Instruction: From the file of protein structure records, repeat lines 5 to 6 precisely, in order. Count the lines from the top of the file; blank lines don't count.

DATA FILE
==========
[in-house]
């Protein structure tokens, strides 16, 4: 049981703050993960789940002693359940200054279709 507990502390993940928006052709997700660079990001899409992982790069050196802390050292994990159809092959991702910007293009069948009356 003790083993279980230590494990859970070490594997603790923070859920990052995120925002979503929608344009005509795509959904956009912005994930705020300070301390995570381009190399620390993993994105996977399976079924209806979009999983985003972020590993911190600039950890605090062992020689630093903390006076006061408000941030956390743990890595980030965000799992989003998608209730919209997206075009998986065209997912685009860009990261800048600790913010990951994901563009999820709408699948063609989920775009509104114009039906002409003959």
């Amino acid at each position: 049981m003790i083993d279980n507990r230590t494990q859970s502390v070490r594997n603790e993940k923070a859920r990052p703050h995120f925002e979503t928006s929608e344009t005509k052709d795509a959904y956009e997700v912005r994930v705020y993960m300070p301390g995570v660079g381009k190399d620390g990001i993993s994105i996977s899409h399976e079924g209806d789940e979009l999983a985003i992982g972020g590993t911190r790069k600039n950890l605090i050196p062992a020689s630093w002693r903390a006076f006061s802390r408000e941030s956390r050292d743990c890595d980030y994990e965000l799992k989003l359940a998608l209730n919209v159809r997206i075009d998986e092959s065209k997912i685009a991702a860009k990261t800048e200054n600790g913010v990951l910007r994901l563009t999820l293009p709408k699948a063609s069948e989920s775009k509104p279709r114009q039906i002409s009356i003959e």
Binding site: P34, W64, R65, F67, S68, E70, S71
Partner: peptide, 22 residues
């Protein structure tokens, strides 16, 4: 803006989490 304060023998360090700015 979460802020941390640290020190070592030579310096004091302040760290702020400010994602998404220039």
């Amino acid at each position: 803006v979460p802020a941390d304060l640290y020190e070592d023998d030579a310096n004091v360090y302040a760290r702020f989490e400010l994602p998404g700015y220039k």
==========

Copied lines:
Partner: peptide, 22 residues
């Protein structure tokens, strides 16, 4: 803006989490 304060023998360090700015 979460802020941390640290020190070592030579310096004091302040760290702020400010994602998404220039």